Fight the Treatment Industrial Complex

Fight the Treatment Industrial Complex by supporting the AFSC- Arizona campaign

Fight the Treatment Industrial Complex by supporting the AFSC- Arizona campaign
AFSC-Arizona staff are amazing advocates for prisoners - and as such, are true blessings to our communities. Spend time on their site - lots of resources.

Retiring Arizona Prison Watch...


This site was originally started in July 2009 as an independent endeavor to monitor conditions in Arizona's criminal justice system, as well as offer some critical analysis of the prison industrial complex from a prison abolitionist/anarchist's perspective. It was begun in the aftermath of the death of Marcia Powell, a 48 year old AZ state prisoner who was left in an outdoor cage in the desert sun for over four hours while on a 10-minute suicide watch. That was at ASPC-Perryville, in Goodyear, AZ, in May 2009.

Marcia, a seriously mentally ill woman with a meth habit sentenced to the minimum mandatory 27 months in prison for prostitution was already deemed by society as disposable. She was therefore easily ignored by numerous prison officers as she pleaded for water and relief from the sun for four hours. She was ultimately found collapsed in her own feces, with second degree burns on her body, her organs failing, and her body exceeding the 108 degrees the thermometer would record. 16 officers and staff were disciplined for her death, but no one was ever prosecuted for her homicide. Her story is here.

Marcia's death and this blog compelled me to work for the next 5 1/2 years to document and challenge the prison industrial complex in AZ, most specifically as manifested in the Arizona Department of Corrections. I corresponded with over 1,000 prisoners in that time, as well as many of their loved ones, offering all what resources I could find for fighting the AZ DOC themselves - most regarding their health or matters of personal safety.

I also began to work with the survivors of prison violence, as I often heard from the loved ones of the dead, and learned their stories. During that time I memorialized the Ghosts of Jan Brewer - state prisoners under her regime who were lost to neglect, suicide or violence - across the city's sidewalks in large chalk murals. Some of that art is here.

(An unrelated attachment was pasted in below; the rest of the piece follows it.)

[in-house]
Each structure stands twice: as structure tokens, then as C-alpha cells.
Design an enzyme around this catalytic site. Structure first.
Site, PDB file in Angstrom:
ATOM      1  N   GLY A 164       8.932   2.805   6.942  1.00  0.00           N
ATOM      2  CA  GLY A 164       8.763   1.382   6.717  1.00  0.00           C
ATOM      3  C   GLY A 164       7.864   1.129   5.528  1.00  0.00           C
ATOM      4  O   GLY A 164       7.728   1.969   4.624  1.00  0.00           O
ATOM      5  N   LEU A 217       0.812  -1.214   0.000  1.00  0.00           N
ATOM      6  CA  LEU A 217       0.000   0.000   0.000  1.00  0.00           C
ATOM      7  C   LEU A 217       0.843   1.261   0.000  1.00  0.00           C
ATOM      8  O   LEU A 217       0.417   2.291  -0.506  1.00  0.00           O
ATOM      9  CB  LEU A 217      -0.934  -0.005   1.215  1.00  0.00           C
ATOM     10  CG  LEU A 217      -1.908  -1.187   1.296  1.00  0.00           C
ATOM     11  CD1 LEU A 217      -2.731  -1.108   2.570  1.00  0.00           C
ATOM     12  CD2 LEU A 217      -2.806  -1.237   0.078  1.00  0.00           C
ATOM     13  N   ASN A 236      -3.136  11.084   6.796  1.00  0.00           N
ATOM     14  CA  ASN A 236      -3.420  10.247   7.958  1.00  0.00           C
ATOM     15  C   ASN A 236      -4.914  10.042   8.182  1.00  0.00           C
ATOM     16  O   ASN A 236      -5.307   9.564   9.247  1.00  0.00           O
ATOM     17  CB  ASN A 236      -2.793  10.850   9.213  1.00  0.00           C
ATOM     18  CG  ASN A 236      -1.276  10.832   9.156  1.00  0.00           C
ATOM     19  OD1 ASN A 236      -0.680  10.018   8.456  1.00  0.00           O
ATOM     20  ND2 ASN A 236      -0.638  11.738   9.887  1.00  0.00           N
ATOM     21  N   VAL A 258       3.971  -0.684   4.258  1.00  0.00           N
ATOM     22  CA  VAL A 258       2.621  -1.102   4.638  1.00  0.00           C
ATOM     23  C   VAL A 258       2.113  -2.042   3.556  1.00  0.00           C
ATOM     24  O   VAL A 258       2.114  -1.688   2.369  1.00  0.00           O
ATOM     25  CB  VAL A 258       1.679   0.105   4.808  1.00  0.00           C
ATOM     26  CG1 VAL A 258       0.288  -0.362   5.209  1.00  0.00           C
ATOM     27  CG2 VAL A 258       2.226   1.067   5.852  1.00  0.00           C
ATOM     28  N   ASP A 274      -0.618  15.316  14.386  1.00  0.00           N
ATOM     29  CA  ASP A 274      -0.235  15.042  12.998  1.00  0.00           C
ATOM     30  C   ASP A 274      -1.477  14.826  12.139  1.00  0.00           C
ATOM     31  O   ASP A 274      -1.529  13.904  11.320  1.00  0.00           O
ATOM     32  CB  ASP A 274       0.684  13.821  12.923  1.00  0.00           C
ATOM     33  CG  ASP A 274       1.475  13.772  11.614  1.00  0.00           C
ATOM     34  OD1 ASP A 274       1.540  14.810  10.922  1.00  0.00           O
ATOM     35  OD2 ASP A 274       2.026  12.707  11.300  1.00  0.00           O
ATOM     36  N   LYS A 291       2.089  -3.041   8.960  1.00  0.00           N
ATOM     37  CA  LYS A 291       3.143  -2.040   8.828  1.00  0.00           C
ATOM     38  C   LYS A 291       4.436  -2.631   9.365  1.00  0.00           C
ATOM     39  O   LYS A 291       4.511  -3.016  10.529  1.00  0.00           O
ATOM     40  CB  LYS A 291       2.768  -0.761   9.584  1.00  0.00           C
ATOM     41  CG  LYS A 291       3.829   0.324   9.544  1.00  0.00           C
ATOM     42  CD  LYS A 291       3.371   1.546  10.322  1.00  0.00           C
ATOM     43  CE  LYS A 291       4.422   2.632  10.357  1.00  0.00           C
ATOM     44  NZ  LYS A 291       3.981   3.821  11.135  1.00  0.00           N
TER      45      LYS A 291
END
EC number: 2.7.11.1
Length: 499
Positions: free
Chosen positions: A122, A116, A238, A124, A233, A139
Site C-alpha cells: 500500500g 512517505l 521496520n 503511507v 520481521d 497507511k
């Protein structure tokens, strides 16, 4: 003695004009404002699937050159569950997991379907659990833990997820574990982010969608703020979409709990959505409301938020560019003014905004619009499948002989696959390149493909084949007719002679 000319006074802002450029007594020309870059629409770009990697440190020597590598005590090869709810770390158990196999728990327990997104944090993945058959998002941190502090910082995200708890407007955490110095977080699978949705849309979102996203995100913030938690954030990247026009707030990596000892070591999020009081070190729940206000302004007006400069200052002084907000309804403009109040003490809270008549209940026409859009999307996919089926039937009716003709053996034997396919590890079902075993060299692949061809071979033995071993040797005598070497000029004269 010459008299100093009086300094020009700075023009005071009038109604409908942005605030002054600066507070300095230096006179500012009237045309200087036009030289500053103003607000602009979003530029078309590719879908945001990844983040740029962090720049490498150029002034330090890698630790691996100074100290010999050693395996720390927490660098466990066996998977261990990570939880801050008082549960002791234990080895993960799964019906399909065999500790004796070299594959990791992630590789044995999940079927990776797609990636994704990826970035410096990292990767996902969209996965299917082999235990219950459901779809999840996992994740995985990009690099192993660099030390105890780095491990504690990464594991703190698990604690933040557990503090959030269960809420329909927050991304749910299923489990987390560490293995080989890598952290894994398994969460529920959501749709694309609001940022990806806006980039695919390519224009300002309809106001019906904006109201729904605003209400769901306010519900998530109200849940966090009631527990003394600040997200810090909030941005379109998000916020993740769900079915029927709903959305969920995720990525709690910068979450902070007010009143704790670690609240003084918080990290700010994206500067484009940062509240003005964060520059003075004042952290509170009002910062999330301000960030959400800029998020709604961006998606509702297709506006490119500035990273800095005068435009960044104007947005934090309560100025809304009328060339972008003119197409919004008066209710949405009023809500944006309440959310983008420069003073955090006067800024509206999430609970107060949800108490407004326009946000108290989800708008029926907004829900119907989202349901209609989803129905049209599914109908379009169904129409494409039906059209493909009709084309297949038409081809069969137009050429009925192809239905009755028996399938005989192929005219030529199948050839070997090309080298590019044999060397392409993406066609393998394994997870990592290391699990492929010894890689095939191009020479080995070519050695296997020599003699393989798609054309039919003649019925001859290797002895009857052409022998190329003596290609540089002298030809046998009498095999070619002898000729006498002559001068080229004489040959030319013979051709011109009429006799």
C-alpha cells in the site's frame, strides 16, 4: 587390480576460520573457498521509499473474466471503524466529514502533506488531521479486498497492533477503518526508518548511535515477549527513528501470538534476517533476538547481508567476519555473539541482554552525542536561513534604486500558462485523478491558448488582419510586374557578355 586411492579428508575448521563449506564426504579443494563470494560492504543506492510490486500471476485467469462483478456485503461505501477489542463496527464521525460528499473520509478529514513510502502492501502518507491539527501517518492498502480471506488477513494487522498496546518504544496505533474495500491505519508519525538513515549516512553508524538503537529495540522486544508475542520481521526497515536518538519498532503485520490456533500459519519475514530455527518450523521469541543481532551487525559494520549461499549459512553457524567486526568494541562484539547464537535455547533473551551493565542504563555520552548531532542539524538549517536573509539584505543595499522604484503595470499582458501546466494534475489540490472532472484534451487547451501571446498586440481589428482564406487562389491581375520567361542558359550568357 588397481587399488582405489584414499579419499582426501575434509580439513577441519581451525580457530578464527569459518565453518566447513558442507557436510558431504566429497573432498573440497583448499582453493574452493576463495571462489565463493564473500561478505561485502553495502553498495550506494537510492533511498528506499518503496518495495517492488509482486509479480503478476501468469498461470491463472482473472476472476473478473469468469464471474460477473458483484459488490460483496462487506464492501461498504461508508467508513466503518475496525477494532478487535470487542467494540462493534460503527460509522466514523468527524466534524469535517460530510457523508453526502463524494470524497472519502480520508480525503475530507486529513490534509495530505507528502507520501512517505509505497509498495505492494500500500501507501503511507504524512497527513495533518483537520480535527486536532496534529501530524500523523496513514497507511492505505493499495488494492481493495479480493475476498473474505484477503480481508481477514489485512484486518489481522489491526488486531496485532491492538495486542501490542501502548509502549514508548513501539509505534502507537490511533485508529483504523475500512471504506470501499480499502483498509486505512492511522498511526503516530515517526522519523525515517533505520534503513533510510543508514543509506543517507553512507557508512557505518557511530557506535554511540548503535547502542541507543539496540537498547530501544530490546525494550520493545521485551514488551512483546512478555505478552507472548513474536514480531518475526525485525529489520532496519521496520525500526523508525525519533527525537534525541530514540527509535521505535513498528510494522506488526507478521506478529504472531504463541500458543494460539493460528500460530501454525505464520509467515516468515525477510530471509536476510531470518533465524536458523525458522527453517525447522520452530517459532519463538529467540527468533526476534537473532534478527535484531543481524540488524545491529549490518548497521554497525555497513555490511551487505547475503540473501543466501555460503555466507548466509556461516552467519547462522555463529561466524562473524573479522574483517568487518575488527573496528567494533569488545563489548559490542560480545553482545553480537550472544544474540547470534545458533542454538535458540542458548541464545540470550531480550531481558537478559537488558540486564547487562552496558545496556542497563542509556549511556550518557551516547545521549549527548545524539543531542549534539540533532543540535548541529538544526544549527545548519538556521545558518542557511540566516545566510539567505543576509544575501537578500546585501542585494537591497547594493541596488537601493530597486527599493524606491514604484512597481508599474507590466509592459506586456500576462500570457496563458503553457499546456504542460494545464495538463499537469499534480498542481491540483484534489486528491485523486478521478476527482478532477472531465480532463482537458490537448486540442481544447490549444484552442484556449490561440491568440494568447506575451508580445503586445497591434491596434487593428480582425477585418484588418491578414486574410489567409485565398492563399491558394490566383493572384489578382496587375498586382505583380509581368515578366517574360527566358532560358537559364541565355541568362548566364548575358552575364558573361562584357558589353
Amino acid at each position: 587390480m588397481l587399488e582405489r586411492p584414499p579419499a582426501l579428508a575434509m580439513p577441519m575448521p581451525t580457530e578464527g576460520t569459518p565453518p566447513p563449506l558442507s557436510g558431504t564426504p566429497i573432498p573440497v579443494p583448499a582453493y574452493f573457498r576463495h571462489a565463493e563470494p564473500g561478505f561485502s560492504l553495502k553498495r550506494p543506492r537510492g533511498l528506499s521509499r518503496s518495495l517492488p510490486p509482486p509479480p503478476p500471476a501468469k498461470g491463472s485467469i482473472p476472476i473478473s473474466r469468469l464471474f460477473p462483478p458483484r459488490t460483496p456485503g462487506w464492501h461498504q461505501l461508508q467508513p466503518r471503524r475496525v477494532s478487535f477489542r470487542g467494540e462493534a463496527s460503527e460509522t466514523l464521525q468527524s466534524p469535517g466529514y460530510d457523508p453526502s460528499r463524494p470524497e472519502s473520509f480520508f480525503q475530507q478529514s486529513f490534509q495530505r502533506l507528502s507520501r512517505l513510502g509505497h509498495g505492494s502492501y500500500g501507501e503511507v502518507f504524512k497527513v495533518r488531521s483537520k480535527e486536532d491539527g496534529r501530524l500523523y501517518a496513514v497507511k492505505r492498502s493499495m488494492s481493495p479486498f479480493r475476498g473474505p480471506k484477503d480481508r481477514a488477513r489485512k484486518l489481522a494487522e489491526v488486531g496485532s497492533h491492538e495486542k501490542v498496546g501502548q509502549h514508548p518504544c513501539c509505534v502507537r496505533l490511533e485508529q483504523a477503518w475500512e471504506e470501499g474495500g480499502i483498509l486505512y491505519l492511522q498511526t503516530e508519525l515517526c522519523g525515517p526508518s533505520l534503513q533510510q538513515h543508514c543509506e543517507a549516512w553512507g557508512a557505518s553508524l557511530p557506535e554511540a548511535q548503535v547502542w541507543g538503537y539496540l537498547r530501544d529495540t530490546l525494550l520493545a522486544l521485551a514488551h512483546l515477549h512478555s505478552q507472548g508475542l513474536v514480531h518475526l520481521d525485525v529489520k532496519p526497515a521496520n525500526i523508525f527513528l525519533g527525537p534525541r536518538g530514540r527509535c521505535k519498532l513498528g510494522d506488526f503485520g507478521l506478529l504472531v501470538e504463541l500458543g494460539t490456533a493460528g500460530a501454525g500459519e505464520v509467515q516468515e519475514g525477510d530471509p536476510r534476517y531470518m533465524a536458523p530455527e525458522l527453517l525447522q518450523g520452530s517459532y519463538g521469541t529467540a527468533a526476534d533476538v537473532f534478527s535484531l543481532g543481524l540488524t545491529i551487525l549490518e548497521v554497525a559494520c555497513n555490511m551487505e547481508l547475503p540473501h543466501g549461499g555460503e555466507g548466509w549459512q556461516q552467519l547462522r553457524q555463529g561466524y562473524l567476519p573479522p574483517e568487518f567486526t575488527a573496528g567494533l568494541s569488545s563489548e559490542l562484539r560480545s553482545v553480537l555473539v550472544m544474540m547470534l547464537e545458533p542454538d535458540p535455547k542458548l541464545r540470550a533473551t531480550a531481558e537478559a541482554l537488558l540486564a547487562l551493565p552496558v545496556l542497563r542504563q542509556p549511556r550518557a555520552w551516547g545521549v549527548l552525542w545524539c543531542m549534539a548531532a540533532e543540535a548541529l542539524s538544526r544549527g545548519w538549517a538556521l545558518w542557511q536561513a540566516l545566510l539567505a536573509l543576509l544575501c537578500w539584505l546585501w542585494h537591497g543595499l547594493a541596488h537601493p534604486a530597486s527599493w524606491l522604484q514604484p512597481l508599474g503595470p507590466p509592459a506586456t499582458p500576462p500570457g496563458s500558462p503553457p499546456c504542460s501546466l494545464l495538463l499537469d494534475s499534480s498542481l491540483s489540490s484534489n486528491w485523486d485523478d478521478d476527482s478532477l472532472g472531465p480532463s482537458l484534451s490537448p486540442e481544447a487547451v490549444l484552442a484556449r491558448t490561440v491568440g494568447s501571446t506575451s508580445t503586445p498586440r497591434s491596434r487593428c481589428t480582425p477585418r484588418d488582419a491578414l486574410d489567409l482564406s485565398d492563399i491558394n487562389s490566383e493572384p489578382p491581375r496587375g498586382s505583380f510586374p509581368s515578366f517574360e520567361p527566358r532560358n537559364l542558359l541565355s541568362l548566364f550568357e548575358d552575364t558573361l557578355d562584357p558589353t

In November 2014 I left Phoenix abruptly to care for my family. By early 2015 I was no longer keeping up this blog site, save occasional posts about a young prisoner in solitary confinement in Arpaio's jail, Jessie B.

I'm deeply grateful to the prisoners who educated, confided in, and encouraged me throughout the years I did this work. My life has been made all the more rich and meaningful by their engagement.

I've linked to some posts about advocating for state prisoner health and safety to the right, as well as other resources for families and friends. If you are in need of additional assistance fighting the prison industrial complex in Arizona - or if you care to offer some aid to the cause - please contact the Phoenix Anarchist Black Cross at PO Box 7241 / Tempe, AZ 85281. collective@phoenixabc.org

until all are free -

MARGARET J PLEWS (June 1, 2015)
arizonaprisonwatch@gmail.com



AZ Prison Watch BLOG POSTS:


Wednesday, November 2, 2011

Lessons in Occupation and Solidarity: Decolonize Phoenix

From the blog Tequila Sovereign, written by San Francisco State University professor Joanne Barker: some food for thought about what solidarity with the indigenous really means for the Occupy movement...

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What Does “Decolonize Oakland” Mean? What Can “Decolonize Oakland” Mean?

October 30, 2011